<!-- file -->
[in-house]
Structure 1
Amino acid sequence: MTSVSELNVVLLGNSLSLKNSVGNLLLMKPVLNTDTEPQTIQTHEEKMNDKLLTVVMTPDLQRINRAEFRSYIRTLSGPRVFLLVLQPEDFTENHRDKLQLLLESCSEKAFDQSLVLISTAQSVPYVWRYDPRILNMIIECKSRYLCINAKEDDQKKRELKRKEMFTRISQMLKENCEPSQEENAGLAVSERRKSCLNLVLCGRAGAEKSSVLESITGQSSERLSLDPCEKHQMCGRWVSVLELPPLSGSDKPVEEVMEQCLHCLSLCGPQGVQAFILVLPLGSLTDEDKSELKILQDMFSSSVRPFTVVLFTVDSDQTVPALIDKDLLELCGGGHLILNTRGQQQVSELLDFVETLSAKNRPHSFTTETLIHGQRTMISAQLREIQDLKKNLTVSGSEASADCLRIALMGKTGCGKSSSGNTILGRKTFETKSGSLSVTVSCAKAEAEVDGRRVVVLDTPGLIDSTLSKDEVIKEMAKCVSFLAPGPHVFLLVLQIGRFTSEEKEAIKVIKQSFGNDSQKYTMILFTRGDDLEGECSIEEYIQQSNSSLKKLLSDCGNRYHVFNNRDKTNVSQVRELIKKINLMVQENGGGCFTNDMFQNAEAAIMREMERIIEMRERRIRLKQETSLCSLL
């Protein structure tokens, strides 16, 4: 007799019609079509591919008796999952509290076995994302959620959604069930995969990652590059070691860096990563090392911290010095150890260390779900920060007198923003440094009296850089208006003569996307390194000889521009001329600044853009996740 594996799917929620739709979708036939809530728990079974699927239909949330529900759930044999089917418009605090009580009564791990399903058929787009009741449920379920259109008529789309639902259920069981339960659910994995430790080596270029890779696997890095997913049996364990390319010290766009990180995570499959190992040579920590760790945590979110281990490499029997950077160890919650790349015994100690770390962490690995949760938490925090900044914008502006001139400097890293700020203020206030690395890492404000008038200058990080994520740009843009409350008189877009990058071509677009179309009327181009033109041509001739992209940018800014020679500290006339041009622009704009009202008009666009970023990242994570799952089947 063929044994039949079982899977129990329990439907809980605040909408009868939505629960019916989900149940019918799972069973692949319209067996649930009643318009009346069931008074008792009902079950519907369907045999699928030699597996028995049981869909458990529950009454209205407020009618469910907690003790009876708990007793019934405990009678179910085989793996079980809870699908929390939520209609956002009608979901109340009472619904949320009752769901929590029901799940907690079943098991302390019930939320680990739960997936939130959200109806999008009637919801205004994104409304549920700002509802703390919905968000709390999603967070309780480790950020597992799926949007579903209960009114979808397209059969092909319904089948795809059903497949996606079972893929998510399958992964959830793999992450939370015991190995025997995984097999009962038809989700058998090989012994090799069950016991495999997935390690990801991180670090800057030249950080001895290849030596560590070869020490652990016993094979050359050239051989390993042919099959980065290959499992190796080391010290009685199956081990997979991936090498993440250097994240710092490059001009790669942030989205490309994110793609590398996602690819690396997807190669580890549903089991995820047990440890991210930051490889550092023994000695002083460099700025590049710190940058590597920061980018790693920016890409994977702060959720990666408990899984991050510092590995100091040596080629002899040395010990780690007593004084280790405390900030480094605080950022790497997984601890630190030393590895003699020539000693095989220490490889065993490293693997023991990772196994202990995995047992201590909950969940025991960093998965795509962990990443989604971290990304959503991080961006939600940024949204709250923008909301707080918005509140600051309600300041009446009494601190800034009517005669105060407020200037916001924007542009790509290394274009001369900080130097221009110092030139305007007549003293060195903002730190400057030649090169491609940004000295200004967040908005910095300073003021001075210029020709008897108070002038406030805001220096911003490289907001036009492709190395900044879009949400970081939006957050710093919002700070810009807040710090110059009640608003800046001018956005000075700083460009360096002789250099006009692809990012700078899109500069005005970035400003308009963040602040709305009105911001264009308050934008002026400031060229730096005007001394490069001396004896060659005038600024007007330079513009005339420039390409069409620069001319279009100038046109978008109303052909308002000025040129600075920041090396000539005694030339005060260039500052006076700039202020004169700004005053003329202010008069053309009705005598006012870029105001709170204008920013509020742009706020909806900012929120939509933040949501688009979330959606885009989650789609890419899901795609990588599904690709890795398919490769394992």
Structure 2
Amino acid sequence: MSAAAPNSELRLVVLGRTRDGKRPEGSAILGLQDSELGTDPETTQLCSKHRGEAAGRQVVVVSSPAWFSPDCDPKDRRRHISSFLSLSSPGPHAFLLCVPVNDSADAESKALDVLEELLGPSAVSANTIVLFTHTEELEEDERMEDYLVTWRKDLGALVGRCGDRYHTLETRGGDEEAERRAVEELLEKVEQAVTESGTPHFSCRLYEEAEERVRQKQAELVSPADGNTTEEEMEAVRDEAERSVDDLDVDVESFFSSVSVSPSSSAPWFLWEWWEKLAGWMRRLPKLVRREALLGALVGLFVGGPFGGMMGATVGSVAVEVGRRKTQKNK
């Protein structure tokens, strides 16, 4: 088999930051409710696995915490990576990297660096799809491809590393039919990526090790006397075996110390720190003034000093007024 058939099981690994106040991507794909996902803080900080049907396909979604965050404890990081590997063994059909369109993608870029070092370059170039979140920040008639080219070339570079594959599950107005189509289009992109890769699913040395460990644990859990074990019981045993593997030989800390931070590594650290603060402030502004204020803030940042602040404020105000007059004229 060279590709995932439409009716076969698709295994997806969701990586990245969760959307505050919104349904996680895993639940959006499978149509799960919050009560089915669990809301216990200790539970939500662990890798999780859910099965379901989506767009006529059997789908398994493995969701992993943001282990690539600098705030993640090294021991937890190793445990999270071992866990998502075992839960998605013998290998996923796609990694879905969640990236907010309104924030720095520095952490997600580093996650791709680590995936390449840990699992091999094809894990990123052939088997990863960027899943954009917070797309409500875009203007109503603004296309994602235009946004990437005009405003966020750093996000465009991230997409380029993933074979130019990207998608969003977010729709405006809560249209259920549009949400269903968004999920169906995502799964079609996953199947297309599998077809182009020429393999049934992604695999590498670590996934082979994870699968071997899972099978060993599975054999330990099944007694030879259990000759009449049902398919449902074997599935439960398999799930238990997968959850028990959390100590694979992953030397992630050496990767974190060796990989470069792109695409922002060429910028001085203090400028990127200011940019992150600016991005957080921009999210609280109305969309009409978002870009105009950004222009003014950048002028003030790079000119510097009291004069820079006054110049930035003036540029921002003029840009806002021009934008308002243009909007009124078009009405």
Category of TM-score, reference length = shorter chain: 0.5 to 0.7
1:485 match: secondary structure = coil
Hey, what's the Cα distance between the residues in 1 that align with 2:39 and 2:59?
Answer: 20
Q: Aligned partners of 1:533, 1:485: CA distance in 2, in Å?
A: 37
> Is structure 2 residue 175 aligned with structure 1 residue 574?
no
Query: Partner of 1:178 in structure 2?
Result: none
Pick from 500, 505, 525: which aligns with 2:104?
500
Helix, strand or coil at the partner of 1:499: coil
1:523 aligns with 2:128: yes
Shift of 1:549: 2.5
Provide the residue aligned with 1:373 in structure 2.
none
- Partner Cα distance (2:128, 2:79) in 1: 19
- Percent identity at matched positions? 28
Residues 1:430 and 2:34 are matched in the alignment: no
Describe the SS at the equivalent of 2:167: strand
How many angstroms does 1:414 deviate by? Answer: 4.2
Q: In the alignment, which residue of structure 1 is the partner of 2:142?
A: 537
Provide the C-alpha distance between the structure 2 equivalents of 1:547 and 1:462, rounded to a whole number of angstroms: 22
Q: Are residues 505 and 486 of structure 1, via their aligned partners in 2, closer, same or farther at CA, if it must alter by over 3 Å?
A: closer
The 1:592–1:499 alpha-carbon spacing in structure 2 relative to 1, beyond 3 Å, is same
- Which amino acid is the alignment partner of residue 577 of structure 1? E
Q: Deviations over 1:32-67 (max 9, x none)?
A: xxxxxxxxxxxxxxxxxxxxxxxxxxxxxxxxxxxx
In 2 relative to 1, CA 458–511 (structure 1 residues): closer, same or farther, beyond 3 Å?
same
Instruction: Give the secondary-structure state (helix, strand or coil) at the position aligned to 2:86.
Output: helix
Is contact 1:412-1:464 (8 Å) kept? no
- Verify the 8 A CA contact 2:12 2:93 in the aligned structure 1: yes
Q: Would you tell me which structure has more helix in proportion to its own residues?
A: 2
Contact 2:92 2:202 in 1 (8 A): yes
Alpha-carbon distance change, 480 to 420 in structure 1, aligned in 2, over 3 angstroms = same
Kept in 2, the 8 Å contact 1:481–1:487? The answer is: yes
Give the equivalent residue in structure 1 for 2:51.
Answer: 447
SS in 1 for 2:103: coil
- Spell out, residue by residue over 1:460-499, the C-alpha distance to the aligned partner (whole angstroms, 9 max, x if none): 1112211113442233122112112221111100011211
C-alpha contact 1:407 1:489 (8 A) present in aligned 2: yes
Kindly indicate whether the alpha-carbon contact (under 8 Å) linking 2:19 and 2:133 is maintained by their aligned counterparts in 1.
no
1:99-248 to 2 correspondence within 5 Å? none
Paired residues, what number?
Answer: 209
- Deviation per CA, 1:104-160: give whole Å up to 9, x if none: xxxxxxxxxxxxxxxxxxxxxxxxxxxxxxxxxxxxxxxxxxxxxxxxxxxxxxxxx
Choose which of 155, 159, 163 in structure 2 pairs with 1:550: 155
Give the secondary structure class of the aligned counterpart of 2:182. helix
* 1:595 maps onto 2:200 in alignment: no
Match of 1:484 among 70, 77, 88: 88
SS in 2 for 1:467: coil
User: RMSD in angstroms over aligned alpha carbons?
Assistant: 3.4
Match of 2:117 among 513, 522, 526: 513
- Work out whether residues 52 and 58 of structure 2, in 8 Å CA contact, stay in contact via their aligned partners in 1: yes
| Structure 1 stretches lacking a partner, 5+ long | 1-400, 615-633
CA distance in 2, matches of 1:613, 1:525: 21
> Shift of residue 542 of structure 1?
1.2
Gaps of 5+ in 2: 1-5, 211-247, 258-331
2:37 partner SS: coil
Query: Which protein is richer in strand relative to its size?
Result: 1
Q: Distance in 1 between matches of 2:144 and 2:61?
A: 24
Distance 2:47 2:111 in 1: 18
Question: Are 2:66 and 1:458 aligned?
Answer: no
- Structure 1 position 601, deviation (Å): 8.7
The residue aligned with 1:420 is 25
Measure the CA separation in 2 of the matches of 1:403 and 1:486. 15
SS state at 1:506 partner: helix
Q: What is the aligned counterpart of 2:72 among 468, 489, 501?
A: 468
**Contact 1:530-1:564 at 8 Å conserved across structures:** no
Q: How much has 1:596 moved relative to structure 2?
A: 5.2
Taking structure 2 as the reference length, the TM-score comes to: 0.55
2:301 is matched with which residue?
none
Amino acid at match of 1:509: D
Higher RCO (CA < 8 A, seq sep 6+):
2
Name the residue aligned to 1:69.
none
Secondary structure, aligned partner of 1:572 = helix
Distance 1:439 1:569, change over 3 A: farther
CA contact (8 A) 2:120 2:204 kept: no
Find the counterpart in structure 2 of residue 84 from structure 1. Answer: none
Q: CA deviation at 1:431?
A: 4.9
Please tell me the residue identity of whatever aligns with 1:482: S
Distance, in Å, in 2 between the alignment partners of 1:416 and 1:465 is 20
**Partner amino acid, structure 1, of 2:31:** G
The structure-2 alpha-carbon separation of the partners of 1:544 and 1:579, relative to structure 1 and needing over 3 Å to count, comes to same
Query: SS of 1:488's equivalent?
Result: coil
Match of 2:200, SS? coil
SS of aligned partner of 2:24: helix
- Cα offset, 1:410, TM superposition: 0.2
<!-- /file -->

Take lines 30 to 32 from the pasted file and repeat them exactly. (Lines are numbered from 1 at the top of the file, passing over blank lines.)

Q: In the alignment, which residue of structure 1 is the partner of 2:142?
A: 537
Provide the C-alpha distance between the structure 2 equivalents of 1:547 and 1:462, rounded to a whole number of angstroms: 22